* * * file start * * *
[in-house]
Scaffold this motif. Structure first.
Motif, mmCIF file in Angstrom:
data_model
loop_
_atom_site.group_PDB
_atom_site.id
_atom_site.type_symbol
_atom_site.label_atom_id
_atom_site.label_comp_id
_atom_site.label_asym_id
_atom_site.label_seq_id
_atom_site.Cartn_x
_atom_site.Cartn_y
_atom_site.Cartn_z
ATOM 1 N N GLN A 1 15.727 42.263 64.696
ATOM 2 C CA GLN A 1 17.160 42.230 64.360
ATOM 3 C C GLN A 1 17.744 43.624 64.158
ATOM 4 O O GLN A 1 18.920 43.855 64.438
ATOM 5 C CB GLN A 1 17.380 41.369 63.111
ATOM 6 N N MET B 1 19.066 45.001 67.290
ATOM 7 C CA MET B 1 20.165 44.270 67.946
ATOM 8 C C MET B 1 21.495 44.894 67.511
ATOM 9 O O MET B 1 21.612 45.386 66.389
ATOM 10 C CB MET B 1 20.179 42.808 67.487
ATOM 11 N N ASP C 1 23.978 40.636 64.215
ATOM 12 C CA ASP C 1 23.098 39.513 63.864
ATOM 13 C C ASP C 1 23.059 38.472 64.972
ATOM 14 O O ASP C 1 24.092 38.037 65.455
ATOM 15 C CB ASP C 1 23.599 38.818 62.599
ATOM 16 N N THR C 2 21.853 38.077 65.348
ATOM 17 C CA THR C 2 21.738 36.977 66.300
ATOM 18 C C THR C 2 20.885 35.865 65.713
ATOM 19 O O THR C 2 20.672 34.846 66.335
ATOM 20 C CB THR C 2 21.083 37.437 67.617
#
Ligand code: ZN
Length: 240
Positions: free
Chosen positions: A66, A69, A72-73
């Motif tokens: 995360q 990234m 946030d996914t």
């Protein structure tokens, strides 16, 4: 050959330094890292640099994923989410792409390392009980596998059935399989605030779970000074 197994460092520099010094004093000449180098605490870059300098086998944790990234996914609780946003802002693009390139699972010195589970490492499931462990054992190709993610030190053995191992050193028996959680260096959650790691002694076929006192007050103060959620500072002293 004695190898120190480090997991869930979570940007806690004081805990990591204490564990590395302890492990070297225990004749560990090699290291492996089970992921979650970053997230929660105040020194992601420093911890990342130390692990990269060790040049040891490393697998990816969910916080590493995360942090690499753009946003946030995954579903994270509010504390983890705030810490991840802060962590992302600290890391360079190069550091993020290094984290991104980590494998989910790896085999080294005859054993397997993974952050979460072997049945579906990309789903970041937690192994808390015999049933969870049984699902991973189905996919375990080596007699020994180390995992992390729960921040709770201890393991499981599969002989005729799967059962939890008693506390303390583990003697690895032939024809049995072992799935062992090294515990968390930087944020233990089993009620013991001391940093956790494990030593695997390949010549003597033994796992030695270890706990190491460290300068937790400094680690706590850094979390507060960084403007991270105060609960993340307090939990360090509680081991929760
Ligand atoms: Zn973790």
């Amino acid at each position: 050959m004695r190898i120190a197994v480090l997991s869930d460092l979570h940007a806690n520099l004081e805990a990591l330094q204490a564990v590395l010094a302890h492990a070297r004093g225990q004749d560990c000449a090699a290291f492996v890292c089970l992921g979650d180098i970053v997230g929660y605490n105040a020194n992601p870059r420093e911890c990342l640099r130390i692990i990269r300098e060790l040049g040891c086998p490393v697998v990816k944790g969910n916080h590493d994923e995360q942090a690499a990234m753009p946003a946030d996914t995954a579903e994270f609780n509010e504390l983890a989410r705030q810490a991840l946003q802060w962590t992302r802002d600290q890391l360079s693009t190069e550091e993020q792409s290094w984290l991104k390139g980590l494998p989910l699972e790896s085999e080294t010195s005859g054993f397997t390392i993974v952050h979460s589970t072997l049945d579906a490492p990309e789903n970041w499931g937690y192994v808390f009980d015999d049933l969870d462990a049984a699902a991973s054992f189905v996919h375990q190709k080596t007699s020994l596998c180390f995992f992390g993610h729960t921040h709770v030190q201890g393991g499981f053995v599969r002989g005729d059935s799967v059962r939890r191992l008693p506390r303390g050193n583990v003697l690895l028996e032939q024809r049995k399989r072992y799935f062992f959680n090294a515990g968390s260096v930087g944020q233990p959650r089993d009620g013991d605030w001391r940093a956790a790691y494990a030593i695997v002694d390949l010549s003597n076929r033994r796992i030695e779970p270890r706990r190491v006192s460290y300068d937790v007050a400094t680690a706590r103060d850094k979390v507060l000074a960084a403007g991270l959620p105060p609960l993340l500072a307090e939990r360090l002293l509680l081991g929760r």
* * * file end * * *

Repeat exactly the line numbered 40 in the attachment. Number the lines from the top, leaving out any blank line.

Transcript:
Chosen positions: A66, A69, A72-73